Love your blog and interesting article. It is frightening to know how incomplete transformation can lead to confusion, discontent and stress.
    Most people today have a tendency of just giving facts (answer) … without identifying what is the main problem (question) at first place.

    • Justin,

      True, many people do not take the time to find out what the other person really wants and needs. But they also don’t take the time to discover what they, themselves, want and need. The tendency is to follow the latest trend, which may not currently be the right thing for you or someone else.

      Warmly,

      Dr. Erica

  14. Hi Dr Erica,
    This was truly thought provoking.
    I find that as I get older, the things that matter the most to me, are changing.
    I may be contacting you for that free consultation.
    Thanks for teaching us about the relationships that matter.

    • Hi Princess Shimari,

      I would be happy to speak with you on skype. I agree, that as we get older and have lived through different life experiences, the things that matter most to us do change. I think about the Buddhist way of thinking – Not this, not this, not this. We start to gradually eliminate from our desires all those things that no longer serve us, no longer excite us and no longer interest us. We gradually get to the core of what truly matters most – and I believe that is love, love for yourself, love for life, gratitude for being alive, and love for others.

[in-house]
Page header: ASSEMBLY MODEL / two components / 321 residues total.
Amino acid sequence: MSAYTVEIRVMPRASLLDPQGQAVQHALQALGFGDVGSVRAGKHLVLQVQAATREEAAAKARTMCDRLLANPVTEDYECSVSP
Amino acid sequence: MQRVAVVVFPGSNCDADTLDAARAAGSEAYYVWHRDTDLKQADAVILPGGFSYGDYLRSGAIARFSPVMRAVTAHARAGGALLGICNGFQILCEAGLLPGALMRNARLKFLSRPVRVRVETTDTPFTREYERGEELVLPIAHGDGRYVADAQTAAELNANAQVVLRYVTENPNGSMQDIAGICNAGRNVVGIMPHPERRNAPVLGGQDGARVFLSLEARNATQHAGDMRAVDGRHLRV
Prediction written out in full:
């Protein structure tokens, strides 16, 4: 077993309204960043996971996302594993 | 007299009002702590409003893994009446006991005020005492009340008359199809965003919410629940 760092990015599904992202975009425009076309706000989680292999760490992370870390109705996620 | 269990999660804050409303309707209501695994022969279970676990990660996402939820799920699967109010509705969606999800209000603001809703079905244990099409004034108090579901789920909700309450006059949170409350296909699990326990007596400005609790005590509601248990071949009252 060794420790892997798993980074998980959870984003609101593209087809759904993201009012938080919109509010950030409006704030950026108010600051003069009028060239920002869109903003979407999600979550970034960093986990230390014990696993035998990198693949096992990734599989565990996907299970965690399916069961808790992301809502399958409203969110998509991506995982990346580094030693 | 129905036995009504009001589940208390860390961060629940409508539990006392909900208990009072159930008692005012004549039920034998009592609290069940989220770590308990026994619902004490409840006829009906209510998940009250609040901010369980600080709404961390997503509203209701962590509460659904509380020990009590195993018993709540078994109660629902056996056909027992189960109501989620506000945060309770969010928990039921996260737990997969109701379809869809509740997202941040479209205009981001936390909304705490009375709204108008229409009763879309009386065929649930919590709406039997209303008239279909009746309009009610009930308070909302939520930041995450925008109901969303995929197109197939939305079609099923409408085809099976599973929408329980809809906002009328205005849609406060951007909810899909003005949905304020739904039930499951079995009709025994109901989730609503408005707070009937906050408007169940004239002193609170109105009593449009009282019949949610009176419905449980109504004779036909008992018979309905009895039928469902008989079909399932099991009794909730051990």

Warmly,

      Dr. Erica

  15. Hi Erika, I love this post, few years ago I was working as a social worker to help drug addict, prostitute and alcoholic, and I do remember the part of my work was really listen to them very carefully and not only listen earring what they say, but more what they really say. I mean this is the part of my Job I did like very much, but after a while I was not very effective no more, because I new what people are gonna say because of the pattern. So I wasn’t listening with that passion I use to have so I change carrier. But I have seen so many result, amazing result, people being transform. That was very grateful. Thank for your post.

    • Helene,

      How interesting that you have done that type of intense counseling. That background and know-how will certainly help in building your online business and sharing your programs and packages. People, whether or not they have an alcohol or drug problem, want and need to be listened to and heard.

      Warmly,

      Dr. Erica

  16. AA faA fascinating post filled with little snippets making up the whole and the comments are just as brilliant. Loved reading this Erica, I totally related to doing your own shoelaces up.

    • Sarah,

      We need to remember to ask the right questions and find out what other people are really motivated by. It is often not what we think it is and not even what seems apparent at first.

      Warmly,

      Dr. Erica

  17. Oh I like these questions. They really off er the opportunity to gain information, to share, and when you really listen to the answers, you can respond in a better, more meaningful way …Open ended questions are always the best. When you ask the right question, the answers just may surprise you … love this.. your friend..L

    • Lesly,